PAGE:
Learning outside of the classroom
Learning isn't just for inside the classroom! There are lots of ways you can support what your child is learning in Reception with activities outside of school, these include:
- Help them be active: Young children should be active for as much of the day as possible. This might mean the usual rough and tumble of being a 4-year-old, or it could mean specific activities such as going for a walk, dancing, playing football or climbing.
- Work on their fine-motor skills: Drawing, colouring, playing with blocks, threading beads, making things – any activity that helps to develop your child’s hand-eye coordination will be useful in school life.
- Support their concentration: Developing your child’s ability to listen, be quiet and concentrate for a short time will really help with classroom life. Good ways to do this, include: sitting and reading, drawing, and doing structured activities like puzzles, painting, or cooking.
- Share and take turns: Games and activities that help children to practise taking turns and sharing are useful for school, where these skills will be used when working as part of a group.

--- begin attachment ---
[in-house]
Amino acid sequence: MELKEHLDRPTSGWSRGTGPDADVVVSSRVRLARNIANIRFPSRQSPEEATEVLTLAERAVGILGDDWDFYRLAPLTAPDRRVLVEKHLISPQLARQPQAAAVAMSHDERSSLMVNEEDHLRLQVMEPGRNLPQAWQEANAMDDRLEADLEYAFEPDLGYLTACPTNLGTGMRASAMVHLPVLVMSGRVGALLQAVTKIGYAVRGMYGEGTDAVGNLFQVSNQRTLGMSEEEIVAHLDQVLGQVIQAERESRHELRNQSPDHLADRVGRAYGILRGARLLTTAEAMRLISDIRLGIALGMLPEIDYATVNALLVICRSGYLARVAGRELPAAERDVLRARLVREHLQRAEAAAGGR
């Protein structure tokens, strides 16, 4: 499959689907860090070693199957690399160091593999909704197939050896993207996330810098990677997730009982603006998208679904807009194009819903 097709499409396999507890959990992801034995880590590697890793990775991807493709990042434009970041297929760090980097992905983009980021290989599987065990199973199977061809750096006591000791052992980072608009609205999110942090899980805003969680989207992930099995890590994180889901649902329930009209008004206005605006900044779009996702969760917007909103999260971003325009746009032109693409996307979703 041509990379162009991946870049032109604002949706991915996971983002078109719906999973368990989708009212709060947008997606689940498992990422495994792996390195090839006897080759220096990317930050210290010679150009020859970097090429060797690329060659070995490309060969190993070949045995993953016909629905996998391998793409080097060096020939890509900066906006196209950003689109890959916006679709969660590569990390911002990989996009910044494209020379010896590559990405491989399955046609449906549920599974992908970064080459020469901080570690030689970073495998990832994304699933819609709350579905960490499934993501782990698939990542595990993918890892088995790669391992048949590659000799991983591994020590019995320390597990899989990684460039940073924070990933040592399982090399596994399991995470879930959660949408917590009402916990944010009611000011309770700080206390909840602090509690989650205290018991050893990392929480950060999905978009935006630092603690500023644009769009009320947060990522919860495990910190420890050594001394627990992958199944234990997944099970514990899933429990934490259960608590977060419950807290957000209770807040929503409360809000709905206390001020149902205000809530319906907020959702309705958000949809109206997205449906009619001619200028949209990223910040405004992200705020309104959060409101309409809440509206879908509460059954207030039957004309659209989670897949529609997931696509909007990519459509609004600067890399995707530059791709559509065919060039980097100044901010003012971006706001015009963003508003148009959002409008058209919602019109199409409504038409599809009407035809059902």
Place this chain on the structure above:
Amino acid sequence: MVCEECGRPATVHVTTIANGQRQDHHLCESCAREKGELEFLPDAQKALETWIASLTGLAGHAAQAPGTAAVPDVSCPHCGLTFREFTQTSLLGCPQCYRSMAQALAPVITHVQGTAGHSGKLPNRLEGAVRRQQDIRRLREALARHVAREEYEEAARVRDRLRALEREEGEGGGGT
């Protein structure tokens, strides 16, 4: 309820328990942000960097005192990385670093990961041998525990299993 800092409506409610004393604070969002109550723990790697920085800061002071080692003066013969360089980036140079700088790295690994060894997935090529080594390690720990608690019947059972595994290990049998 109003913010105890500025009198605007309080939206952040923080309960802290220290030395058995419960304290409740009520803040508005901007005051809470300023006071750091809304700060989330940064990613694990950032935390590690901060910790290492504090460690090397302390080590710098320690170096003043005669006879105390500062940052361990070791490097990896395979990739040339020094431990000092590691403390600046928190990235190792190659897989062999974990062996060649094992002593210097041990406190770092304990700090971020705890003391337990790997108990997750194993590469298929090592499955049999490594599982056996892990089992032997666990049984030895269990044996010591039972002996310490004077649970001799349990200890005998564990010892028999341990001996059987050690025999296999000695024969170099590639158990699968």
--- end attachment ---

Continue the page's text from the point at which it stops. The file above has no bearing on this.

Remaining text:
- Talk lots: As well as being an important skill in itself, this is the foundation of reading and writing. Telling family stories, asking your child lots of questions, asking them to recount things that they have done in the day, and encouraging them to tell you what they think or feel can all lead to good conversations.
- Use technology together: Tablets and computers give us access to fascinating films, sites and games. The real benefit of these are when they aren’t just used as a time-filler, but are something you can share with your child, talking and helping them to learn about something new.
- Enjoy imaginative play: This might include role-play and dressing up or using toys to act out stories or adventures. Play is crucial to how young children learn and make sense of the world. Your child will have their own favourite games, but acting out situations like starting school can help them to prepare for the unknown.
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